Willmar notebook: Omar on the sidelines
Omar Cavazos, an eighth-grader at the middle school, is student manager of the Cardinals boys soccer team this fall.
He had a great time helping the team at home games.
"I'm so proud of my team for beating Marshall," he told me this week in a visit to his classroom. "I'm going to miss the games. What are we going to do? My team lost to Mankato."
Willmar beat Marshall in overtime in a home game in the first round of section but lost to Mankato West in the quarterfinals in a road game.
Special education teacher Jessica Figenskau has known Omar since second grade. This year she works with him on reading, writing and math. This semester Omar also has classes in science, social studies, Spanish and general P.E.
Omar is in the cognitive-delayed program, mild to moderate, she explained. Academically, he is behind but socially he's very much in the mainstream.
"Everybody knows him," said Figenskau. "He has a terrific sense of humor and a good attitude."
Head boys soccer coach Jeff Winter, a middle-school counselor with an office near the special education classroom, talks soccer many days with Omar.
Coach Winter had noticed that Omar had many pro soccer jerseys. In conversations, Omar revealed an extensive knowledge of the world's most widely-played sport and would easily quote relevant statistics.
Figenskau talked to Omar's mother about participating in some way with the soccer program. Mrs. Cavasos expressed concern for his safety and well-being. Though Omar competes in Special Olympic track and bowling, participating with a varsity sports team was quite different.
Winter and Figenskau discussed how the plan might go forward this fall.
Coach Winter said Omars would manage the equipment at the game. For instance, the medical kit, bag of balls, cones and corner flags. Since he often arrives right at game time, there is not a lot to do other than straightening up the bench and making sure the balls are all put away.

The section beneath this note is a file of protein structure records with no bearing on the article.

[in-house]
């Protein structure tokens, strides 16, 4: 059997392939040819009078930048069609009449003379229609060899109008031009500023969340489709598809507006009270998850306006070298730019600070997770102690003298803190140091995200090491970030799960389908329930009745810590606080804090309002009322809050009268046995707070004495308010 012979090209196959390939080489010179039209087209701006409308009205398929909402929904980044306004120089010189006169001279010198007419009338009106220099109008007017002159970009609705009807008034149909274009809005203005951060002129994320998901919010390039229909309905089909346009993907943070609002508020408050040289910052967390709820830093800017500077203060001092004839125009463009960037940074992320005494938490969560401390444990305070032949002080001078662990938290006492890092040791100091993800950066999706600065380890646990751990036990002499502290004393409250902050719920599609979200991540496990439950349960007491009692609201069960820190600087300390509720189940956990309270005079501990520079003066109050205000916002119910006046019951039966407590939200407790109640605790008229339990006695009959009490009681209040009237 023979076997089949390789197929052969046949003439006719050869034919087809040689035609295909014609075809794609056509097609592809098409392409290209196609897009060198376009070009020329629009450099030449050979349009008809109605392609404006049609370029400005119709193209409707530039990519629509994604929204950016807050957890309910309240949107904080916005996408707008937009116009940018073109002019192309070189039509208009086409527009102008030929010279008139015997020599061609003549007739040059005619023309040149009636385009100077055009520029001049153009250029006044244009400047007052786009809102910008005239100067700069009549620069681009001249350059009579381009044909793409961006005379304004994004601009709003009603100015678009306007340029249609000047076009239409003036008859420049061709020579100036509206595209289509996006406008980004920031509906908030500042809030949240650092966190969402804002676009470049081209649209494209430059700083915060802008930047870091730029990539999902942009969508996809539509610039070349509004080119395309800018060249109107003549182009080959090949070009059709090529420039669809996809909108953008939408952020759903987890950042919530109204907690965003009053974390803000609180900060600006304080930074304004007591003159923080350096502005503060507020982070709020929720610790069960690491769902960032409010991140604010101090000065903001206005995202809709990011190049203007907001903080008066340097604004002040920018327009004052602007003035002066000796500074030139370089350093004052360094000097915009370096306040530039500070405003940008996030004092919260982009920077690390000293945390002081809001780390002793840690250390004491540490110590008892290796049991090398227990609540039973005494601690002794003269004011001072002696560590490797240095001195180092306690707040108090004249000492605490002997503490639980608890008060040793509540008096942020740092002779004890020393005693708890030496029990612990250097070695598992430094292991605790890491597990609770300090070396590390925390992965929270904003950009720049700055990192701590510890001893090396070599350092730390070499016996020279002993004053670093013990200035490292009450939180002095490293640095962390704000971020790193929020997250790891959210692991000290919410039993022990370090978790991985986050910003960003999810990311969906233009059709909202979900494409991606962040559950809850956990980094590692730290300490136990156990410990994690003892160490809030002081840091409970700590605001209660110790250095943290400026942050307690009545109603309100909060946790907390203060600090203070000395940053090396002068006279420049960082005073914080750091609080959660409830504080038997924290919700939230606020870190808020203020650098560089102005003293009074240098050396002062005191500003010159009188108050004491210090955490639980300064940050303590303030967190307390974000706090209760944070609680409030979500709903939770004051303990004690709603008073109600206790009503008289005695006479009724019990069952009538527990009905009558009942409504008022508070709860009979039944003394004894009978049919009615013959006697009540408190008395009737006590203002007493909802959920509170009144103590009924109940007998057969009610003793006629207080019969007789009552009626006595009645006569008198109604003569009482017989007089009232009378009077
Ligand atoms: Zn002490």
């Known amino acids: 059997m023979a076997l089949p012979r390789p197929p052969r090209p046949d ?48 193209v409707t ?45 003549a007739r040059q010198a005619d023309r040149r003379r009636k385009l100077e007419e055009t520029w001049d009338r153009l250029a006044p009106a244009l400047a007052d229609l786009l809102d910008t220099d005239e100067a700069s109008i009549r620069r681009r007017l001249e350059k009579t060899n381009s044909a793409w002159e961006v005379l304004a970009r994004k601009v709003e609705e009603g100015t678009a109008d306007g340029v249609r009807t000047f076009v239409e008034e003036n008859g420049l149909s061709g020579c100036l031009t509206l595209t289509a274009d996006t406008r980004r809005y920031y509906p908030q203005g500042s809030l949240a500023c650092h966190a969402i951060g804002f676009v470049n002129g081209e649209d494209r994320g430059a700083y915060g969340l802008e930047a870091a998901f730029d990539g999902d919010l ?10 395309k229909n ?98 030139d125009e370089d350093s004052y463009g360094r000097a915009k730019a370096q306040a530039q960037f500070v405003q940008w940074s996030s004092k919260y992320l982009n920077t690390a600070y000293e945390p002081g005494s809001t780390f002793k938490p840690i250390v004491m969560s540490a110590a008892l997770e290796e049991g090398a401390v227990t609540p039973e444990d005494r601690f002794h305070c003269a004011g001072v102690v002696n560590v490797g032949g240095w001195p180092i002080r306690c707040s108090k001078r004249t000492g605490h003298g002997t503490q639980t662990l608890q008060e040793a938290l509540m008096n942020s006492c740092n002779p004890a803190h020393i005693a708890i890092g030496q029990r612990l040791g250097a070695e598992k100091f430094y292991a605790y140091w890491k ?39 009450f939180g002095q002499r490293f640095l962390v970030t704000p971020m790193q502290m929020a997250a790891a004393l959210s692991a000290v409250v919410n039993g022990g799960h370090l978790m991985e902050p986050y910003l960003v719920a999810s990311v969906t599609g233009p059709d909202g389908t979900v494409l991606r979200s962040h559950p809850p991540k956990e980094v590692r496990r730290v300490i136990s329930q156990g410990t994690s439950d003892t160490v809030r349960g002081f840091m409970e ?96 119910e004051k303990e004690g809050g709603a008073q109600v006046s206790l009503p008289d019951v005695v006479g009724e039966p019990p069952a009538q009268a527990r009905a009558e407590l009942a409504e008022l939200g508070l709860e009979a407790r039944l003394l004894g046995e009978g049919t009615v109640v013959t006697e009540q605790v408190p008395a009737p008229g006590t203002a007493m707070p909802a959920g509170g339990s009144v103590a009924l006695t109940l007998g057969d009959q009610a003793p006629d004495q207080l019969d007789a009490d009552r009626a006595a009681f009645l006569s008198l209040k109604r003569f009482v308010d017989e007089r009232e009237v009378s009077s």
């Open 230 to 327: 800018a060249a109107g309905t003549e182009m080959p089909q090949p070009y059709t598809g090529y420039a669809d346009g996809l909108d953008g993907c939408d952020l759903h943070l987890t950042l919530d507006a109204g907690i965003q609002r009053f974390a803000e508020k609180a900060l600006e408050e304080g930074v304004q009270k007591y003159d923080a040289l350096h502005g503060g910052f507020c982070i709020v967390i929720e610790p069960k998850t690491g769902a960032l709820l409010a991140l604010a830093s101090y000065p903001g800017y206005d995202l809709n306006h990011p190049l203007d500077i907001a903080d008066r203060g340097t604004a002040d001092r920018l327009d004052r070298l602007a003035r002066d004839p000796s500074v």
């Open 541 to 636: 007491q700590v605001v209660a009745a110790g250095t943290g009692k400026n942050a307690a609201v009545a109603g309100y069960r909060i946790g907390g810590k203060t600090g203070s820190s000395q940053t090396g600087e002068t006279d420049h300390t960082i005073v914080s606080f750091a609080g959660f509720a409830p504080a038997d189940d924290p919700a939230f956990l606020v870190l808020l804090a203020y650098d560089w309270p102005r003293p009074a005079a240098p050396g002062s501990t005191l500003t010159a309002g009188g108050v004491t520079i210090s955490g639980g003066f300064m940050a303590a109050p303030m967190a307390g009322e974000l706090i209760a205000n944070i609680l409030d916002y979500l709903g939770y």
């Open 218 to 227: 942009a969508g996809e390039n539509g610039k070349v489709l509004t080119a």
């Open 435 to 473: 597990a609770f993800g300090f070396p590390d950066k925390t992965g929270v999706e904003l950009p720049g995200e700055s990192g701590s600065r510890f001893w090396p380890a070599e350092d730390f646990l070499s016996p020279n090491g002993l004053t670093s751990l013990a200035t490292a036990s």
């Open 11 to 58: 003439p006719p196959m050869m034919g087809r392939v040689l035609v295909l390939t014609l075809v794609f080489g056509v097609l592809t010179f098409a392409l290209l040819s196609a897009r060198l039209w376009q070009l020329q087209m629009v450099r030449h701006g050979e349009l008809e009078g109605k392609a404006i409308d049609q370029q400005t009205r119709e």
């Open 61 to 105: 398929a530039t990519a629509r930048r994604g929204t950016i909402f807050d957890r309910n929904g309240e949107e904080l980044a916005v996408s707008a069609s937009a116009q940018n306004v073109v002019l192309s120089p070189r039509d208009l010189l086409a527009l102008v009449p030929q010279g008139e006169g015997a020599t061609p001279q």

Coach Winter said a big part of his role on the team is to create camaraderie amongst the boys and just talk soccer.
"They are great with him," commented the coach, adding: "I think the players learned a little about inclusion and disabilities."
The day after a game, Omar and Coach Winter would talk about the teams and the goals that were scored.
By the end of the season, Omar was begging his mom to let him go to away games.
With the winter season dawning soon, it was mentioned that a Cardinal basketball team may need a student manager.
The Martin house that races
The Martin family got into BMX racing three years ago. Joe, 14 at the time, wanted to race stock cars.
That worried his mom, Jackie. An alternative appeared when the family attended the Fourth of July Parade at Spicer.
A free race at the Green Lake BMX Track on the edge of town was advertised.
"I thought that would be safer," Jackie told me last week.
BMX racing is held on a short, twisting dirt track with berms, jumps, rollers and table-tops to challenge the rider who is trying to maintain maximum speed. Riding takes strength, judgment and a bit of daring.
Doug and Jackie Martin have 10 children; four are married. Four children at home are racing. So is Jackie, who rides in the Cruiser Class. It has a 24-inch wheel compared to the standard BMX 20-inch wheel.
Four grandchildren also ride BMX. They are the children of their daughter Danielle and her husband Eli Smith of Litchfield. The Smith riders range from Elisa, 10, down to Jackson, 4. The Martins used bikes, parts and jerseys are handed down to the Smiths, as needed.
It's very much a family-based sport and good exercise, Jackie points out. It's competitive, of course, but the motos (or heats) are organized by age and ability.
Besides their home track at Spicer, the Martins, whose children are home-schooled, try to ride twice a week at the track in St. Cloud. They also compete at other tracks in the state. Minnesota lists 13 tracks; there are over 370 in North America.
This Thanksgiving, they plan to compete at the BMX Grand Nationals in Tulsa.
Doug doesn't ride. He has a business named Lake Country Scale Works.
"He works to pay our entry fee," Jackie said with a laugh. "He's our chief sponsor."